*It is hard to take criticism at first.  Don’t be defensive when it is given on the spot.  If you need time to fully digest it, take it.  Then take the time to understand it, thank the critque-er or discuss, and then try implementing it into practice.

*As much as things may seem frustrating, hard or bad at times - there are still people who cheer for your success and others who know your genuine strengths.

Oct 25 '13

Take home points halfway through my Acute Care Rotation

  1. I have good body mechanics and technique for transfers, but I have to have better flexibility in my level of guarding based on a patient’s change in clinical presentation
  2. I need to stop expecting ‘close to perfection’ as a student and instead take it as a learning experience
Oct 22 '13

Things learned & reviewed while in Acute Care, Week 4


  • Extravasation of blood into a joint or its synovial cavity
  • Causes: trauma, bleeding disorders, neurological disorders, neoplasms, vascular damage, osteoarthritis.  Can be associated with knee joint arthroplasty (as was found in one of my patients)
  • Treatment: Synovectomy (removal of joint lining), meniscectomy, osteotomy.  Ablation (debride dead tissue)

TKA Revision & Implant                                       

  • Why do TKA’s fail?: Wear, loosening, infection, fracture, instability, and patient related factors (activity level, weight, age)

IDA (Iron Deficiency Anemia)                                            

  • Anemia = a lack of red blood cells (carry oxygen to body’s tissues)
  • No iron = can’t produce enough Hemoglobin = RBC’s unable to carry oxygen = TIRED & SHORT OF BREADTH
  • Symptoms: (initially can be so mild it goes unnoticed) extreme fatigue, pale skin, weakness, shortness of breath, headache, dizzy/lightheaded, cold hands/feet, irritable, inflamed or soreness of the tongue, brittle nails, fast heartbeat, restless leg syndrome
  • Causes: Blood Loss (women with heavy periods, slow chronic loss from ulcer/hernia/cancer, GI bleeding), Lack of Iron in diet (meat, eggs, leafy greens), inability to absorb iron (inability to absorb through the small intestine.  EX: Celiac disease), pregnancy
  • Risk Factors: women, infants/children, vegetarians, frequent blood donors
  • Complications: Heart problems (rapid, irregular heartbeat), problems during pregnancy (premature birth and low weight babies), growth problems, increased susceptibility to infections
Jul 29 '13

On the road to feeling ‘capable’ and comfortable in new situations

Yesterday I shadowed at an inpatient rehab facility (actually I was working under my old Neuro Rehab professor and Clinical Education advisor – someone I truly admire and kind of ‘idolize’ was quite funny to see her in scrubs).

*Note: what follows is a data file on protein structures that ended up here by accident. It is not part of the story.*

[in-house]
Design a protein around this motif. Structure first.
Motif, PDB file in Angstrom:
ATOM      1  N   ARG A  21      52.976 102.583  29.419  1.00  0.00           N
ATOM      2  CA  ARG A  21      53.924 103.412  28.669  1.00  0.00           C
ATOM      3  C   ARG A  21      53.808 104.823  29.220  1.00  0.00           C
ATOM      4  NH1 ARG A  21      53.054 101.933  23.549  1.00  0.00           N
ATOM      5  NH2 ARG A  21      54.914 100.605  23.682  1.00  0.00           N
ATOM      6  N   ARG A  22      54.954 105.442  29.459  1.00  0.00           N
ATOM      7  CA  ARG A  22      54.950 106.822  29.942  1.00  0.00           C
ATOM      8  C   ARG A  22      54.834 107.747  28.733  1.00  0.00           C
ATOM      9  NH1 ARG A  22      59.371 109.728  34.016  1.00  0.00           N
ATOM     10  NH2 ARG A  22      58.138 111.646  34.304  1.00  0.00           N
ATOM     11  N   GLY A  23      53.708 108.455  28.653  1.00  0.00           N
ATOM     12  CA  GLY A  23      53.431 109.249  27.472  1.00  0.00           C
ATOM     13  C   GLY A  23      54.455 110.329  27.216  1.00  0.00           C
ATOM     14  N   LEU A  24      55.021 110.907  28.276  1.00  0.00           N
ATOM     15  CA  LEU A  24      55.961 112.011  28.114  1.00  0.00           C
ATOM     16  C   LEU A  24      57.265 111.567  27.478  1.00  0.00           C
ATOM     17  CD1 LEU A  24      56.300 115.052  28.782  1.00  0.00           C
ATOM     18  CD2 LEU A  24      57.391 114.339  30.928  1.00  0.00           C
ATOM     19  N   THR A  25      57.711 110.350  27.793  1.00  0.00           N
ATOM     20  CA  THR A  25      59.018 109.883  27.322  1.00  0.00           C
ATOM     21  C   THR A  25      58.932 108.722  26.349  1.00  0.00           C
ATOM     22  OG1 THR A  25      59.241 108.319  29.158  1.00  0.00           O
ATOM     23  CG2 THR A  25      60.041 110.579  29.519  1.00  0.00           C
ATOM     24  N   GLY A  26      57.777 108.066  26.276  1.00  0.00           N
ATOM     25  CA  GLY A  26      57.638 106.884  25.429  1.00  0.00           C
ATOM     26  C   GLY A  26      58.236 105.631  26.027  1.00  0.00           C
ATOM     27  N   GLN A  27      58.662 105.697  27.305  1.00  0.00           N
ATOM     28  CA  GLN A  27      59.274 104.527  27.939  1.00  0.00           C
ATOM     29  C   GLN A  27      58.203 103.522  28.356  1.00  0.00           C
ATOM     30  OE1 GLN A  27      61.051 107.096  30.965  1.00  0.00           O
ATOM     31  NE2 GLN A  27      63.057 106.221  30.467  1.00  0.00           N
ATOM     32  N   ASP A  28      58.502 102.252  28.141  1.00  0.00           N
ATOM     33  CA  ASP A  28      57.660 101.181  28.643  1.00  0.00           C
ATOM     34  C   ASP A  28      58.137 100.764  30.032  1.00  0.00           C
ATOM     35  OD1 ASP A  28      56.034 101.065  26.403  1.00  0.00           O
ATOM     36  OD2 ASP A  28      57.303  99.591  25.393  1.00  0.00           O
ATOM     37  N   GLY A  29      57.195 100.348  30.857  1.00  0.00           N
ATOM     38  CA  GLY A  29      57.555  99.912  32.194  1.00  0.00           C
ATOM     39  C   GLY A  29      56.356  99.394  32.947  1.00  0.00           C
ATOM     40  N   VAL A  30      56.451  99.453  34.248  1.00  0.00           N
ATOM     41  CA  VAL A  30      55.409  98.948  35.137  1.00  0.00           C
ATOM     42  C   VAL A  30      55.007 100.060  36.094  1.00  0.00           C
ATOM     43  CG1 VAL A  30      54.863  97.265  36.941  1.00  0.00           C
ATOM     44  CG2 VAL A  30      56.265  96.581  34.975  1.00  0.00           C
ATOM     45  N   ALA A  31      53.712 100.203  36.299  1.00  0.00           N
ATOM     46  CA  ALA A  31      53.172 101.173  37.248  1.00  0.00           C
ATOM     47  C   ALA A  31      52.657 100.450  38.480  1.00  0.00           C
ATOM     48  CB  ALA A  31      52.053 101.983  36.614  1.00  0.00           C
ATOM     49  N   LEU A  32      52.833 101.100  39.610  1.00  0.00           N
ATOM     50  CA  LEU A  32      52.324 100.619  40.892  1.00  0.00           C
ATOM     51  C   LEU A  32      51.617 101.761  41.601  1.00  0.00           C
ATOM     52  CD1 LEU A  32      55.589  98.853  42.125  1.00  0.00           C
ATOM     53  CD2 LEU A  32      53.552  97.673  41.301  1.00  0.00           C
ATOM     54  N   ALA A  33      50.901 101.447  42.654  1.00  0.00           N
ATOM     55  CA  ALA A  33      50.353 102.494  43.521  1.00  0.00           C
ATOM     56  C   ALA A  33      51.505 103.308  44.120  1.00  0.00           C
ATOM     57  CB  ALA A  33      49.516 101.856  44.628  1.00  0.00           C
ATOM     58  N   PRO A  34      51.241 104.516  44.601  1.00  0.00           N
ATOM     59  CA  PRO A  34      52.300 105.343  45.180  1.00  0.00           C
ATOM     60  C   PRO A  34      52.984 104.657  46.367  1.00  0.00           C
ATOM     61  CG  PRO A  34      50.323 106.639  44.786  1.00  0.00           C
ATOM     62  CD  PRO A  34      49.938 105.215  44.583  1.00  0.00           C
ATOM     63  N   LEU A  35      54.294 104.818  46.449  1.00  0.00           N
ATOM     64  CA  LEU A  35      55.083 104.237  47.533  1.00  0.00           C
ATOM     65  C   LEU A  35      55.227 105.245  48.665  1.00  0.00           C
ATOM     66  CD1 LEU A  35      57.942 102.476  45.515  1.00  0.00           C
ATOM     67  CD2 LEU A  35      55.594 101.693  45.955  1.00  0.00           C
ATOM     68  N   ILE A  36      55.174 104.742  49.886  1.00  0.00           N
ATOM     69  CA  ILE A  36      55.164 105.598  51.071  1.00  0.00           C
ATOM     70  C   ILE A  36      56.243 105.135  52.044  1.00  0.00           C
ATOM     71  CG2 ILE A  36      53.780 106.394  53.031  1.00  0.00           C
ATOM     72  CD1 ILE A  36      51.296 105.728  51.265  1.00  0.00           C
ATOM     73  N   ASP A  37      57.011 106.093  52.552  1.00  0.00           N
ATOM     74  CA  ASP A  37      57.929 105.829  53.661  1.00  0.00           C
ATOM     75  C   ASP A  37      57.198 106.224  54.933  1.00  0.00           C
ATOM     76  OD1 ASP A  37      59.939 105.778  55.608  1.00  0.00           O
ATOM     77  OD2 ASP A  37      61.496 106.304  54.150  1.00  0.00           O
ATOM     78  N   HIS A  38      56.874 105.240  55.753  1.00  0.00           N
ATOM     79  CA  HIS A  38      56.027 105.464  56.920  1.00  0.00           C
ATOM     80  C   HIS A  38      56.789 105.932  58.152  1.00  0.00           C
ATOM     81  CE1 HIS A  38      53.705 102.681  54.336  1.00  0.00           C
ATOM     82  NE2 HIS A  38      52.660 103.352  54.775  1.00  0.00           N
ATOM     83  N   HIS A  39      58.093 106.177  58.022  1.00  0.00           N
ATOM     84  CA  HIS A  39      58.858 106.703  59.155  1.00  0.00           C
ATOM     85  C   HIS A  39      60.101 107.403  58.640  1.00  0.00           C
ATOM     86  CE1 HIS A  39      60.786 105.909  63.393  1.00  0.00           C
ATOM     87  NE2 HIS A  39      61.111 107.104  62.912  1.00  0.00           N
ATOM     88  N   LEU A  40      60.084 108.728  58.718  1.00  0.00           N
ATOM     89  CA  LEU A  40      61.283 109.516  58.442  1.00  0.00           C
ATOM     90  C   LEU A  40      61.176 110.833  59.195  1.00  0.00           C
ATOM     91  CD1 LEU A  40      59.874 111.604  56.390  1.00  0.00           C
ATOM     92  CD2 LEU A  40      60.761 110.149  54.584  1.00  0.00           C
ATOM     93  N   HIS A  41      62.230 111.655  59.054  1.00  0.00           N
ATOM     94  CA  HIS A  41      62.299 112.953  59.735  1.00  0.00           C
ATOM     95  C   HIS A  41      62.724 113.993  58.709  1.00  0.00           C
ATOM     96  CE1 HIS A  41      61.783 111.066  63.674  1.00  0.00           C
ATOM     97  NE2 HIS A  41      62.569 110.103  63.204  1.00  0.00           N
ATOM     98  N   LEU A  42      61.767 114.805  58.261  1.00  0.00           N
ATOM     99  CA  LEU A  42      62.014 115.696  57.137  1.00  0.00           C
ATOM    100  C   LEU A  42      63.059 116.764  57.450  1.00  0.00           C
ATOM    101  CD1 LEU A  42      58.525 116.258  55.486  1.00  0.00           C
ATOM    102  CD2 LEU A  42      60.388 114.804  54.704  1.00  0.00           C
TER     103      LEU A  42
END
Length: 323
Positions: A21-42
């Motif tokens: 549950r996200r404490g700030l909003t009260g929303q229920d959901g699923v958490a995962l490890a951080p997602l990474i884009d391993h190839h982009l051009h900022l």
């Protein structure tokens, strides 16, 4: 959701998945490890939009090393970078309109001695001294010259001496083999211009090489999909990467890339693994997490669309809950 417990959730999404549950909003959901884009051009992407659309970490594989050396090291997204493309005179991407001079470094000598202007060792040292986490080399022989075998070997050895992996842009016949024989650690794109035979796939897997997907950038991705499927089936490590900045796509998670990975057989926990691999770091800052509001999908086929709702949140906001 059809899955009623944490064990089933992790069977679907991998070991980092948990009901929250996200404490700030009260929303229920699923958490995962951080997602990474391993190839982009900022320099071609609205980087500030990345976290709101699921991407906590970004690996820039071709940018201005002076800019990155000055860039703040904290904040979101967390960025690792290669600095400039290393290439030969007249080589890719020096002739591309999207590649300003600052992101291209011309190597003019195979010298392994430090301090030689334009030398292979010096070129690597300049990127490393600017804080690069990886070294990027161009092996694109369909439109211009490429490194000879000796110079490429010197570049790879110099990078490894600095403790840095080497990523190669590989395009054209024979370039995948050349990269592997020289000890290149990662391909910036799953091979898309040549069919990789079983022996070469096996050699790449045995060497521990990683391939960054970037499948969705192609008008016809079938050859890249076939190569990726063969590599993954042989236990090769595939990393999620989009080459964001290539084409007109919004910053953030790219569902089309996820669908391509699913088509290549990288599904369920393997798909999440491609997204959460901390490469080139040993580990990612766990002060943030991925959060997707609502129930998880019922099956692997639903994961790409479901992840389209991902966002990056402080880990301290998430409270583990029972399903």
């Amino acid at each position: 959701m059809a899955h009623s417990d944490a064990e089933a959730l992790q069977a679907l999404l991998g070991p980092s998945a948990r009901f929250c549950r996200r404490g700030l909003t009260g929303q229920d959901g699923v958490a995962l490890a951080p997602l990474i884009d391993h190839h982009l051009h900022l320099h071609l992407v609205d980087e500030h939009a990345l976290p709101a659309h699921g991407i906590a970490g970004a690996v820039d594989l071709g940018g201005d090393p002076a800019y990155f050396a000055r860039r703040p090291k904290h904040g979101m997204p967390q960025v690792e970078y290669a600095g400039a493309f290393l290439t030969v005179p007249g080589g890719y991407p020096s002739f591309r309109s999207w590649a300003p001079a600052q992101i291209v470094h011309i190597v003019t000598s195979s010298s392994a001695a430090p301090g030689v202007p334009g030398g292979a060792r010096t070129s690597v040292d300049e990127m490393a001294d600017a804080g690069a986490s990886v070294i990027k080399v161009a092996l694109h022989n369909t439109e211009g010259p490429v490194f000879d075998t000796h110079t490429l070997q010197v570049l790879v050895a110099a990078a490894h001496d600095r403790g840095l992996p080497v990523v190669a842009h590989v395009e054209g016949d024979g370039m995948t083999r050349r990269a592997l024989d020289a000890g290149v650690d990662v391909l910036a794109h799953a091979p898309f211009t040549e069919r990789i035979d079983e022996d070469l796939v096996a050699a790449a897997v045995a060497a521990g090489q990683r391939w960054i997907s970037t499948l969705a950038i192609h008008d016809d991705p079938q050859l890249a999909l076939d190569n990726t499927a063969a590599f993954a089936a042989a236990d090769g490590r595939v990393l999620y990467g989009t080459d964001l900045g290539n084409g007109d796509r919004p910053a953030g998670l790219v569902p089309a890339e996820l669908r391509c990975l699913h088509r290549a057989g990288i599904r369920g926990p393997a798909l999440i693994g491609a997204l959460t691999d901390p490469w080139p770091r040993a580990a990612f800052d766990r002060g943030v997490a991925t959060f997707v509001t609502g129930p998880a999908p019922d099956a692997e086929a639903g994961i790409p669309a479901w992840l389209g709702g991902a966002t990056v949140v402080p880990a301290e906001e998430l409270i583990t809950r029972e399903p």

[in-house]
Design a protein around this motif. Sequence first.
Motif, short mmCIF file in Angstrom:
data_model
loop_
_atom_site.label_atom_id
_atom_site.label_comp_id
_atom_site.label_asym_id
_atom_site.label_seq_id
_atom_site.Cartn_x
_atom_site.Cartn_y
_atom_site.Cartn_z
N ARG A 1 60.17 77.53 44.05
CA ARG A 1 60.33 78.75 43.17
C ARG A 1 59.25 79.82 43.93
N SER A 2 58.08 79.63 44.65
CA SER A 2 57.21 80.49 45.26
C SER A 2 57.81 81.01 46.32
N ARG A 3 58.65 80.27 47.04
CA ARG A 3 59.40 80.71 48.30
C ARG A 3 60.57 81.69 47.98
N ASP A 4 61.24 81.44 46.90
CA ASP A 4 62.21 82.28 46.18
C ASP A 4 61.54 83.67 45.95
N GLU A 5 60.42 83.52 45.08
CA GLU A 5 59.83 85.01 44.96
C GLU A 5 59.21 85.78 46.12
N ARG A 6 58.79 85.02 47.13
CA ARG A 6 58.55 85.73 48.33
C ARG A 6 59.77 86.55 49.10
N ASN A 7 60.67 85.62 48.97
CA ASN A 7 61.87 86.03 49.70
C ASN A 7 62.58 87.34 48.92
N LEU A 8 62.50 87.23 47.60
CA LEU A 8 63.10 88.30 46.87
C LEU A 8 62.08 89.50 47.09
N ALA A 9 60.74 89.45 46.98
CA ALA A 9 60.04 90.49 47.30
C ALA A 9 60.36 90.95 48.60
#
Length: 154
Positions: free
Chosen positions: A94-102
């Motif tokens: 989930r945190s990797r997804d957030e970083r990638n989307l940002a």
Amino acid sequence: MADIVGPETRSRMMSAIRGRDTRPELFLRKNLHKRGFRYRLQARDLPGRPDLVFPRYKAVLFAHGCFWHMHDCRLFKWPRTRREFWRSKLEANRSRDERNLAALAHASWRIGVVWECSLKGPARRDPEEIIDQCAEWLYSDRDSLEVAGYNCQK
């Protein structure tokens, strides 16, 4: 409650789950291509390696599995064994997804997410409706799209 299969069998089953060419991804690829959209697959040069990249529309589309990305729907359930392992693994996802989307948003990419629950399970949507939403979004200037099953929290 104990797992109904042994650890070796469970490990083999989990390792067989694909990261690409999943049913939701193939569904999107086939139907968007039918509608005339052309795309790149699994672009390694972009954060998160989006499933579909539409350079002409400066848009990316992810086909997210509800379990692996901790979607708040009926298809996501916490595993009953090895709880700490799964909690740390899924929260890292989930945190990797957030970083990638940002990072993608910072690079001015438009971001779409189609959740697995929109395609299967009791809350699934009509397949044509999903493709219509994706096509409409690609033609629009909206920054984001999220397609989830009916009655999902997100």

It was so nice to work inpatient again after having so much ortho experience in the past year.  We got to work with a lovely 80 year old lady with some balance and cognitive problems.  Later we had a more involved case of a 70 year old who had fallen after a history of alcoholism and suffered multiple neck injuries (most notable a C2 fracture and iSCI).  He was on a large vent machine, required  two person assists (+ use of over head lifts) and constantly needed to be ‘orally suctioned’ as we caused ‘things to come up and out’ as he did some exercises.  We had to work hard to keep his anxiety down and simply keep him awake!

After reviewing notes with my professor over lunch, she looked over to me and asked “Do you have any questions?” I smiled and said no.  I surprisingly didn’t have any.  Not having questions is new for me.  Sure there were some topics from that day I’d like to brainstorm, but knowing and embracing that I was smart and able enough to figure out the ‘unknown’ new situation at hand and treat accordingly?  That was new and meaningful.

Jul 24 '13

Housing in Pittsburgh

It is down to two options

1. Mom & 2 Kids

  • $500 all inclusive
  • Decent space, front and back porch
  • 10  MINUTE WALK from where I work
  • Grocery stores all around!

2. In a house a Doctor at CHOP rents out rooms to students

  • $800 all inclusive (it was originally $1500 but he budged since I don’t make any money…
  • Beautiful rooms, hardwood floors throughout the house, HUGE KITCHEN.
  • 25 minute walk to where I work or 10 minute bus ride
  • Grocery store locations TBD
  • The monthly rent is manageable and well worth it for the house, but would I have reasonable spending money?

Oh decisions.  I am hoping to have this decided and done with by this Saturday.

Jul 9 '13

I feel like I have 930485603 pounds of thing that need to ‘get done’

I always am the organizer and the outreacher.  I’ve been told this can come as the personality of an overachiever - but to me, it honestly feels like everybody else just doesn’t care.

Result = Me doing 99% of the work upfront and feeling it is ‘more work’ to delegate and supervise…

Apr 30 '13

A ‘happy’ bump in a rough clinical rotation

One of my patients is a 59 year old woman who got injured both her knees from a fall at work.  She also speaks only Spanish.  She had her 10th visit today (so I’ve treated her 3 times a week, for just 4 weeks) and in the past, has had consistent knee pain, edema and range of deficits.  Her first week I made sure she was always wearing a knee stabilizer and using a single point cane.

Today, she reported to me having NO pain.  Her knee range of motion was back to normal limits, and she completed all her functional goals (treadmill, stairclimbing, box carries)!  We both think she’s ready for discharge tomorrow and I couldn’t be happy about her sudden improvement.  I’ve treated her all in Spanish on top of all this.  She’s a sweetheart and we’ve worked so hard (but well!) together.  I’m excited for her and grateful for moments like this where my job really means something.